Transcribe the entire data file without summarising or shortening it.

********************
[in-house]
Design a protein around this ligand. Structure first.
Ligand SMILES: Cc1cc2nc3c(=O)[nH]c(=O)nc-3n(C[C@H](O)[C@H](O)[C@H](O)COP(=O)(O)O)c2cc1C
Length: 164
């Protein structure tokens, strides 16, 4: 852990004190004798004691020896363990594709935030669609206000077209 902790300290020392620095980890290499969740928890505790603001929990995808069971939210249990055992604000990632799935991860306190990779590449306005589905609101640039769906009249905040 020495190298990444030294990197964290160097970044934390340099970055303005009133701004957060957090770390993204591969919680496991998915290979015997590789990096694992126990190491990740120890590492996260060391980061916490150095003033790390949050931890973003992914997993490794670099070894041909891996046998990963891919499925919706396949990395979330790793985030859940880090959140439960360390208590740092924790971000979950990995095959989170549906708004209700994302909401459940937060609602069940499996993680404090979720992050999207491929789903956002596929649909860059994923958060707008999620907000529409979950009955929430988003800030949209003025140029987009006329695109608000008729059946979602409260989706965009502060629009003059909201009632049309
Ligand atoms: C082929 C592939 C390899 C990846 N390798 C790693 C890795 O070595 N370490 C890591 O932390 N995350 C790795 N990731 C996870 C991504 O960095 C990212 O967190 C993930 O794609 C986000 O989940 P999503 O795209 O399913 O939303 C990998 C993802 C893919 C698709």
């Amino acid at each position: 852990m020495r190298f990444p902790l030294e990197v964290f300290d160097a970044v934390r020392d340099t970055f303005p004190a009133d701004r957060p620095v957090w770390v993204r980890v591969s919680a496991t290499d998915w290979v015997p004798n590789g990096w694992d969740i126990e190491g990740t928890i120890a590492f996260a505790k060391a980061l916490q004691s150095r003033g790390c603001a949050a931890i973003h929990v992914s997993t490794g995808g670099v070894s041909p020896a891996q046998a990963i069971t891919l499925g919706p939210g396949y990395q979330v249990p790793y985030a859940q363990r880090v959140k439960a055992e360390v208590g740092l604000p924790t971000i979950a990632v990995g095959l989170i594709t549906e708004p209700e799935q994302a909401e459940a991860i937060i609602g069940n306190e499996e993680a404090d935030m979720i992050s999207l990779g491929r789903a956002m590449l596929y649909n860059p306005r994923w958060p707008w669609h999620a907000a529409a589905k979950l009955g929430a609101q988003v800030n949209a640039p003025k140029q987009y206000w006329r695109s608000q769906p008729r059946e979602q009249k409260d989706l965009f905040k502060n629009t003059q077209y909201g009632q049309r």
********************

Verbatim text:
[in-house]
Design a protein around this ligand. Structure first.
Ligand SMILES: Cc1cc2nc3c(=O)[nH]c(=O)nc-3n(C[C@H](O)[C@H](O)[C@H](O)COP(=O)(O)O)c2cc1C
Length: 164
């Protein structure tokens, strides 16, 4: 852990004190004798004691020896363990594709935030669609206000077209 902790300290020392620095980890290499969740928890505790603001929990995808069971939210249990055992604000990632799935991860306190990779590449306005589905609101640039769906009249905040 020495190298990444030294990197964290160097970044934390340099970055303005009133701004957060957090770390993204591969919680496991998915290979015997590789990096694992126990190491990740120890590492996260060391980061916490150095003033790390949050931890973003992914997993490794670099070894041909891996046998990963891919499925919706396949990395979330790793985030859940880090959140439960360390208590740092924790971000979950990995095959989170549906708004209700994302909401459940937060609602069940499996993680404090979720992050999207491929789903956002596929649909860059994923958060707008999620907000529409979950009955929430988003800030949209003025140029987009006329695109608000008729059946979602409260989706965009502060629009003059909201009632049309
Ligand atoms: C082929 C592939 C390899 C990846 N390798 C790693 C890795 O070595 N370490 C890591 O932390 N995350 C790795 N990731 C996870 C991504 O960095 C990212 O967190 C993930 O794609 C986000 O989940 P999503 O795209 O399913 O939303 C990998 C993802 C893919 C698709």
């Amino acid at each position: 852990m020495r190298f990444p902790l030294e990197v964290f300290d160097a970044v934390r020392d340099t970055f303005p004190a009133d701004r957060p620095v957090w770390v993204r980890v591969s919680a496991t290499d998915w290979v015997p004798n590789g990096w694992d969740i126990e190491g990740t928890i120890a590492f996260a505790k060391a980061l916490q004691s150095r003033g790390c603001a949050a931890i973003h929990v992914s997993t490794g995808g670099v070894s041909p020896a891996q046998a990963i069971t891919l499925g919706p939210g396949y990395q979330v249990p790793y985030a859940q363990r880090v959140k439960a055992e360390v208590g740092l604000p924790t971000i979950a990632v990995g095959l989170i594709t549906e708004p209700e799935q994302a909401e459940a991860i937060i609602g069940n306190e499996e993680a404090d935030m979720i992050s999207l990779g491929r789903a956002m590449l596929y649909n860059p306005r994923w958060p707008w669609h999620a907000a529409a589905k979950l009955g929430a609101q988003v800030n949209a640039p003025k140029q987009y206000w006329r695109s608000q769906p008729r059946e979602q009249k409260d989706l965009f905040k502060n629009t003059q077209y909201g009632q049309r």